So far we have been exclusively using counting loops. This is great if you can predict in advance the number of iterations, how many times the loop’s body needs to be executed. Yet every so often it is not possible to formulate a proper expression determining the number of iterations in advance.

Conditional loops allow you to make the execution of the next iteration dependent on a Boolean expression. They come in two flavors:

  • Head-controlled loop, and
  • tail-controlled loop.

The difference is, the loop’s body of a tail-controlled loop is executed at least once in any case, whereas a head-controlled loop might never execute the loop body at all. In either case, a condition is evaluated over and over again and must uphold for the loop to continue.

Head-controlled loopEdit

A head-controlled loop is frequently called while-loop because of its syntax.

The “control” condition appears above the loop body, i. e. at the head.

  Code:

program characterCount(input, output);
type
	integerNonNegative = 0..maxInt;
var
	c: char;
	n: integerNonNegative;
begin
	n := 0;
	
	while not EOF do
	begin
		read(c);
		n := n + 1;
	end;
	
	writeLn('There are ', n:1, ' characters.');
end.

  Output:

$ cat ./characterCount.pas | ./characterCount
There are 240 characters.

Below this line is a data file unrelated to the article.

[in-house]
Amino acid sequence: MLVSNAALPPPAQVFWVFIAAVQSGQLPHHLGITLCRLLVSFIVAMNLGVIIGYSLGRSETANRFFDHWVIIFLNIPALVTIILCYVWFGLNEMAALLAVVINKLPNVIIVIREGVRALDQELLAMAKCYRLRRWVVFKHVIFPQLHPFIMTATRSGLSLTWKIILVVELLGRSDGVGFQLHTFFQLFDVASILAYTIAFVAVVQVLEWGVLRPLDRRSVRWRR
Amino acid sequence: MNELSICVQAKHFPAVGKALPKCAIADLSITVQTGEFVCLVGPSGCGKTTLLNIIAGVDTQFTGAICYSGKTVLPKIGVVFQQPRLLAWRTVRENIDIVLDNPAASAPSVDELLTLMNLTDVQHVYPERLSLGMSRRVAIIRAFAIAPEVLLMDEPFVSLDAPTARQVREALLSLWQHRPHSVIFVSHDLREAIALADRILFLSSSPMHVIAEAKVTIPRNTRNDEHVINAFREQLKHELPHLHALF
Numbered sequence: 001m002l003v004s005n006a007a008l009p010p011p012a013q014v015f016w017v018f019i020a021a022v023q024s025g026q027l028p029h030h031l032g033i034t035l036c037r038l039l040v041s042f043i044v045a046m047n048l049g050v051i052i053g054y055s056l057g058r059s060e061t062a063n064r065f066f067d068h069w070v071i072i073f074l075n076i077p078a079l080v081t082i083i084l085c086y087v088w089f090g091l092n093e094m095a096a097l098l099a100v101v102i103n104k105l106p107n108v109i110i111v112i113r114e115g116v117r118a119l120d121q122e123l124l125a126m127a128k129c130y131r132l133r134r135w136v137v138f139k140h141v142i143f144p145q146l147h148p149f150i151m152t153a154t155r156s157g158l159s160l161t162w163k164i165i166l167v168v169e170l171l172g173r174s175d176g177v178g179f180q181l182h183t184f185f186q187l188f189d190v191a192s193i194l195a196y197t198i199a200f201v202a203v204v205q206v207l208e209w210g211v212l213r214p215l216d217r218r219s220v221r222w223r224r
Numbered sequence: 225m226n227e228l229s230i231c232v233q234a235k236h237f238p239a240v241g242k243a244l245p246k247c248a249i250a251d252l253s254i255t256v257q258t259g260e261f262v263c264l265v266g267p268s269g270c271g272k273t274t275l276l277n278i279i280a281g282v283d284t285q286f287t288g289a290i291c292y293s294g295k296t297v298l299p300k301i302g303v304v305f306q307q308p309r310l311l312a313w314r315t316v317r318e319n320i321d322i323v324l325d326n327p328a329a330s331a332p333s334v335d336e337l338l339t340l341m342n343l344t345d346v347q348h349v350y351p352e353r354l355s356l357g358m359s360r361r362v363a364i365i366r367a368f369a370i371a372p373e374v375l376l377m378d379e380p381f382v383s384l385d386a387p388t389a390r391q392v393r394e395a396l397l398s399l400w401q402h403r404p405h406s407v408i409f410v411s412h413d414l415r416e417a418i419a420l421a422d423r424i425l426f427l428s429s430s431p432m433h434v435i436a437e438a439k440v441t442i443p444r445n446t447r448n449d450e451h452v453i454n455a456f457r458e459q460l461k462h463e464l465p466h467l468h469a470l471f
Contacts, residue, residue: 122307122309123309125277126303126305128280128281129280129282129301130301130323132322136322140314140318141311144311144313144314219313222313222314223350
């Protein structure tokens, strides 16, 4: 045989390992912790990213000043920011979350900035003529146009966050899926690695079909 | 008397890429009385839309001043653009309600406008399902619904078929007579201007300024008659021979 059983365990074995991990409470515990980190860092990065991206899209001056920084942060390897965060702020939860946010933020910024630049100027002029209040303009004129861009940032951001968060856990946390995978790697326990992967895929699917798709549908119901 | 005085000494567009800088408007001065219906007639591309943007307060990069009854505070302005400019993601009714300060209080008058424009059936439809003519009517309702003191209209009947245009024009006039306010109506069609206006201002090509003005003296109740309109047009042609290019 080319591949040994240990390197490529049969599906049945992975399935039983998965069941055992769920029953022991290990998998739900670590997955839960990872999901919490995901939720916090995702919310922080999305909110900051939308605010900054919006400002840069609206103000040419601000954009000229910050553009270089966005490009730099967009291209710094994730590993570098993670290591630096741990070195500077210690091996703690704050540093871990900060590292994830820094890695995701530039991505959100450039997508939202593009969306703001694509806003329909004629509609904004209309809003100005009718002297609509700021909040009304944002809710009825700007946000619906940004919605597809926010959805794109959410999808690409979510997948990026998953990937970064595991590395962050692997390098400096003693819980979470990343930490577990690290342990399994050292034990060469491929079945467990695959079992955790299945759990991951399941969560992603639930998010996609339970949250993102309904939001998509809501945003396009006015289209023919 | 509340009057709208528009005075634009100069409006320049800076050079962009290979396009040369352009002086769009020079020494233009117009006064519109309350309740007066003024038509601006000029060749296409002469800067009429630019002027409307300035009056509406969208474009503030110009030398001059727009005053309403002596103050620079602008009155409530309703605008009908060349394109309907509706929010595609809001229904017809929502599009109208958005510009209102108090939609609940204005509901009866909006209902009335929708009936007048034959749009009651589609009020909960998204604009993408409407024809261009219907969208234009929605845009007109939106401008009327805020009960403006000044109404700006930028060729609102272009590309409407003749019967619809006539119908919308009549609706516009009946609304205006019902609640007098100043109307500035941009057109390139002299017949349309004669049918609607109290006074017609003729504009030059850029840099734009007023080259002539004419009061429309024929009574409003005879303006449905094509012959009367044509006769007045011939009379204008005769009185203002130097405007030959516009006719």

$ printf '' '' | ./characterCount
There are 0 characters.
The loop’s condition is a Boolean expression framed by the words while and do. The condition must evaluate to true for any (subsequent) iteration to occur. As you can see from the output, in the second case, it may even be zero times: Evidently for empty input n := n + 1 was never executed.

EOF is shorthand for EOF(input). This standard function returns true if there is no further data available to read, commonly called end of file. It is illegal, and will horribly fail, to read from a file if the respective EOF function call returns true.

Unlike a counting loop, you are allowed to modify data the conditional loop’s condition depends on.

const
	(* instead of a hard-coded length `64` *)
	(* you can write `sizeOf(integer) * 8` in Delphi, FPC, GPC *)
	wordWidth = 64;
type
	integerNonNegative = 0..maxInt;
	wordStringIndex = 1..wordWidth;
	wordString = array[wordStringIndex] of char;

function binaryString(n: integerNonNegative): wordString;
var
	(* temporary result *)
	binary: wordString;
	i: wordStringIndex;
begin
	(* initialize `binary` with blanks *)
	for i := 1 to wordWidth do
	begin
		binary[i] := ' ';
	end;
	(* if n _is_ zero, the loop's body won't be executed *)
	binary[i] := '0';
	
	(* reverse Horner's scheme *)
	while n >= 1 do
	begin
		binary[i] := chr(ord('0') + n mod 2);
		n := n div 2;
		i := i - 1;
	end;
	
	binaryString := binary;
end;

The n the loop’s condition depends on will be repeatedly divided by two. Because the division operator is an integer division (div), at some point the value 1 will be divided by two and the arithmetically correct result 0.5 is truncated (trunc) toward zero. Yet the value 0 does not satisfy the loop’s condition anymore, thus there will not be any subsequent iterations.

Tail-controlled loopEdit

In a tail-controlled loop the condition appears below the loop’s body, at the foot. The loop’s body is always run once before even the condition is evaluated at all.